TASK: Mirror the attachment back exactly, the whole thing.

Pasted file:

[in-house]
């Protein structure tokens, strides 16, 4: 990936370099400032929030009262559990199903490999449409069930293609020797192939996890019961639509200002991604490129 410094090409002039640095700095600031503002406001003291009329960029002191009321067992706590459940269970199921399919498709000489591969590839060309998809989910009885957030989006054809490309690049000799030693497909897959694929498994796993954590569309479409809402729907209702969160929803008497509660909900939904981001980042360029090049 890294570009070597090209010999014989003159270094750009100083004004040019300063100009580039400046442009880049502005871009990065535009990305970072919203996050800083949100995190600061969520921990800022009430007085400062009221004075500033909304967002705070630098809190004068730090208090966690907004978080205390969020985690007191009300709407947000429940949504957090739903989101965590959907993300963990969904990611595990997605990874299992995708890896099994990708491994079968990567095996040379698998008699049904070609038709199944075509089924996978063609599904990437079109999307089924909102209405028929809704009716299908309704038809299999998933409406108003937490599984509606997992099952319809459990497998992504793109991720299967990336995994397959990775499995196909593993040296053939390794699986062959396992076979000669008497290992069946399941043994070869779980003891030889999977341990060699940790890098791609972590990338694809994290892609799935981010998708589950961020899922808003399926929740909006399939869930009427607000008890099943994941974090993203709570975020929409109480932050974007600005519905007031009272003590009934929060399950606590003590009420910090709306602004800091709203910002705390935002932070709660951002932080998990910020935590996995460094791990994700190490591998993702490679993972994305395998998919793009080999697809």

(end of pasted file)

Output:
[in-house]
């Protein structure tokens, strides 16, 4: 990936370099400032929030009262559990199903490999449409069930293609020797192939996890019961639509200002991604490129 410094090409002039640095700095600031503002406001003291009329960029002191009321067992706590459940269970199921399919498709000489591969590839060309998809989910009885957030989006054809490309690049000799030693497909897959694929498994796993954590569309479409809402729907209702969160929803008497509660909900939904981001980042360029090049 890294570009070597090209010999014989003159270094750009100083004004040019300063100009580039400046442009880049502005871009990065535009990305970072919203996050800083949100995190600061969520921990800022009430007085400062009221004075500033909304967002705070630098809190004068730090208090966690907004978080205390969020985690007191009300709407947000429940949504957090739903989101965590959907993300963990969904990611595990997605990874299992995708890896099994990708491994079968990567095996040379698998008699049904070609038709199944075509089924996978063609599904990437079109999307089924909102209405028929809704009716299908309704038809299999998933409406108003937490599984509606997992099952319809459990497998992504793109991720299967990336995994397959990775499995196909593993040296053939390794699986062959396992076979000669008497290992069946399941043994070869779980003891030889999977341990060699940790890098791609972590990338694809994290892609799935981010998708589950961020899922808003399926929740909006399939869930009427607000008890099943994941974090993203709570975020929409109480932050974007600005519905007031009272003590009934929060399950606590003590009420910090709306602004800091709203910002705390935002932070709660951002932080998990910020935590996995460094791990994700190490591998993702490679993972994305395998998919793009080999697809």